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New Orleans Jazz Festival Tease Part Two: Galactic and Jason Marsalis

By BK

In the last issue, we checked out the latest releases by George Porter Jr., Steve Masakowski, Los Hombres Calientes and Nicholas Payton. Together, those musicians pretty much exemplified the breadth of the New Orleans’ musical experience. Here are a two more to add to the fold.

 

Galactic/Late for the Future(Capricorn, 2000)

In four short years, Galactic have risen from local legends to a national craze. Like there fellow funkmeisters (albeit a completely different brand of funk) Medeski, Martin and Wood, Galactic can attribute their rise to prominence to excessive touring and word of mouth promotion. Even in their hometown of New Orleans, where being a member of a talented funk band is a regular professional disposition, the boys of Galactic are veritable kings of the Crescent City. Their latest release, Late for the Future, continues with the Galactic patent of infectious rhythmic grooves on tunes like "Black Eye Pea" and "As Big As Your Face". The secret to this party ambiance is held by drummer Stanton Moore and bassist Robert Mercurio. In a live setting, these two will make any non-funk believer surrender to the feeling. The front-end solos are taken by keyboardist Richard Vogel, guitarist Jeff Raines and saxophonist Ben Ellman. Of course, Galactic would not be Galactic without the soulful vocals Theryl De’Clouet who gives the predominantly instrumental band some vocal life on songs like "Thrill", "Running Man" and "Century City". The best tracks on the album would be the ones that stray from the Galactic formula of "1970s Boogaloo New Orleans funk". The tune, "Baker’s Dozen", although tremendously groovy in nature, alludes to the brass band parades that are synonymous with New Orleans. "Jeffe 2000" and "Doublewide" features a country rock vibe that sounds a bit like Galactic’s brethren to the north, the North Mississippi All-Stars. "Hit the Wall" resembles the Jewish/Balkan sounds that saxophonist Ben Ellman used to play with the New Orleans Klezmer All-Stars. The common element amongst all these tunes? Take no prisoners funk. If you are looking a sedate atmosphere, then stay away from this release. If you want to party to you drop, then there is no better soundtrack.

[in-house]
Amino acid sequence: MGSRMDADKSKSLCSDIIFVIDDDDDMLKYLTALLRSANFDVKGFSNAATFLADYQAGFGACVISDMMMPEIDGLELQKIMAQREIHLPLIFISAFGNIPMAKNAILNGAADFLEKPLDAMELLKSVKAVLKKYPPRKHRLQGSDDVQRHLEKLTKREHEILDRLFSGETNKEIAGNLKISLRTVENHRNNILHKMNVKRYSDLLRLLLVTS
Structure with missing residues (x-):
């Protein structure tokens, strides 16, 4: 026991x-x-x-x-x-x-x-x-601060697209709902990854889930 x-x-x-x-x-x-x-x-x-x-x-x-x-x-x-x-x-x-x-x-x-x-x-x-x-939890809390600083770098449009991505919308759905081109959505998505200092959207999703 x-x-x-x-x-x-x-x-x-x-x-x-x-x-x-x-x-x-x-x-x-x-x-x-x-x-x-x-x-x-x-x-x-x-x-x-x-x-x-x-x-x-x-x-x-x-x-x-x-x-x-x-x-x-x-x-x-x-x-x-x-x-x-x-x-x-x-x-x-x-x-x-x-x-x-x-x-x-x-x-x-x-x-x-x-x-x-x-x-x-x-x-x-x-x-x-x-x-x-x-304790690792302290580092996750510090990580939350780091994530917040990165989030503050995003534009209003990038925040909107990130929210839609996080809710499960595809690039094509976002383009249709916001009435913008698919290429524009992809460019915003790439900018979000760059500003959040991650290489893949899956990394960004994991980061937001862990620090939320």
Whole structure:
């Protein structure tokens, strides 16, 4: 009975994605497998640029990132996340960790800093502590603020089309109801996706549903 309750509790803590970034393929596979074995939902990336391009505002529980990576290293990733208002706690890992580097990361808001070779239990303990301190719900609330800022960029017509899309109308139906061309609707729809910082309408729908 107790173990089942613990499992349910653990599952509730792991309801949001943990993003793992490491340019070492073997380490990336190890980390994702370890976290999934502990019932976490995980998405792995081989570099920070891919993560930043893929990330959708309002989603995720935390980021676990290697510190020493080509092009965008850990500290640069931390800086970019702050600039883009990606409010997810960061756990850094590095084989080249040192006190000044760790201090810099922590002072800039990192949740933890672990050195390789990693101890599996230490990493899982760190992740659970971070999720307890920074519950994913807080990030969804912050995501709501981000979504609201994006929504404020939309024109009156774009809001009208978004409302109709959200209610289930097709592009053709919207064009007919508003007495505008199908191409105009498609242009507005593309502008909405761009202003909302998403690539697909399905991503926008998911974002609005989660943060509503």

Jason Marsalis/ Music in Motion (Basin Street Records, 2000)

New Orleans music is all about family. There are the Nevilles, the Batistes, and the Connicks, From generation to generation and family member to family member, the musicians of New Orleans is passed on like a tribal form of oral communication. Perhaps the best known family is Marsalis’ – Ellis, Branford, Wynton, Delfeayo and drummer Jason. For Music in Motion, Jason follows in his father’s footsteps by never straying too far the jazz idiom. Like Marsalis’ previous record, The Year in the Drummer, Jason Marsalis puts a lot of thought and effort into every contributing tune - each song is a statement or a specific exercise. On "There’s a Thing Called Rhythm", all the members of the quintet (consisting of saxophonist John Ellis and Derek Douget, pianist Jonathan Lefcoski and bassist Peter Harris) play the rhythm (hence the song’s name). There are no extensive front-end solos from the saxophones – just a collective look at creating a sense of rhythm. The tune "Maracatu de Modernizar" is a Brazilian dance tune that alludes the diversity of sounds that arise from New Orleans while "Sleeper" and "On the First Occasion" has Marsalis calming the mood down with use of brushed rather than sticks. "The Steepistician" is a direct tribute to Marsalis saxophone playing brother, Branford while "Seven-Ay Pocky Way" is New Orleans second line groove at its best. All these songs together create one fine jazz album that is full of jazz tradition and exceptional musicianship. With Jason leading the way, jazz is far from dead in New Orleans.

Both Galactic and Jason Marsalis represent the young lions of the new Orleans Music scene. They are both incredibly talented and they both have an inherent sense of the music that came before them. At the same time, they are not scared to push ahead. Together, they represent the diversity of the New Orleans music scene. Either in a jazz club while enjoying a good Catfish dinner or slugging an Abita beer in a packed dance hall as the sun rises, these two groups of musicians will have fans deeply in a groove. Jason Marsalis will have you snapping your fingers while Galactic will have you shaking your rump. The choice is up to you. Either way, it will be good.